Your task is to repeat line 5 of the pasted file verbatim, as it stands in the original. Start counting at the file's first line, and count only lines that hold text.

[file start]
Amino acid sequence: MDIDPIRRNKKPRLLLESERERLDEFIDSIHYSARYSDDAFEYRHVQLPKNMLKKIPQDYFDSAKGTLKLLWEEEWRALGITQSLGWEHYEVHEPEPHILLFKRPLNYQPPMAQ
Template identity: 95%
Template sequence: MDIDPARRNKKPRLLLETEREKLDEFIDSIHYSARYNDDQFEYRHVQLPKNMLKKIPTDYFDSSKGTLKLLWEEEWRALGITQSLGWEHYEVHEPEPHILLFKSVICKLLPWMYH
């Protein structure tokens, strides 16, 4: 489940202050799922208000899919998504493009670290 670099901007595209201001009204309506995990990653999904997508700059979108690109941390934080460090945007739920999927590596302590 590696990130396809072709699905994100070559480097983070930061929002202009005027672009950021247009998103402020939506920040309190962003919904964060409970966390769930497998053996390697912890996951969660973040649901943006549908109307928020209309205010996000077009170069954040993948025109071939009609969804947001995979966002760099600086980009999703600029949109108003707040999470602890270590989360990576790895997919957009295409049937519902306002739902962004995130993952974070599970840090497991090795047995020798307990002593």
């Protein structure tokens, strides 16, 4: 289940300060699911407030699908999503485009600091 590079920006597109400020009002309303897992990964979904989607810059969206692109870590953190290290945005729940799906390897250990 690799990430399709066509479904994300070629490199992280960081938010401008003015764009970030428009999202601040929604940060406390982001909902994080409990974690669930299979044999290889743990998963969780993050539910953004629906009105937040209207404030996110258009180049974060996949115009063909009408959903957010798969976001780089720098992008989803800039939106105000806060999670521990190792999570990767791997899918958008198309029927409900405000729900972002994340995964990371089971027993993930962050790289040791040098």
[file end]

């Protein structure tokens, strides 16, 4: 289940300060699911407030699908999503485009600091 590079920006597109400020009002309303897992990964979904989607810059969206692109870590953190290290945005729940799906390897250990 690799990430399709066509479904994300070629490199992280960081938010401008003015764009970030428009999202601040929604940060406390982001909902994080409990974690669930299979044999290889743990998963969780993050539910953004629906009105937040209207404030996110258009180049974060996949115009063909009408959903957010798969976001780089720098992008989803800039939106105000806060999670521990190792999570990767791997899918958008198309029927409900405000729900972002994340995964990371089971027993993930962050790289040791040098």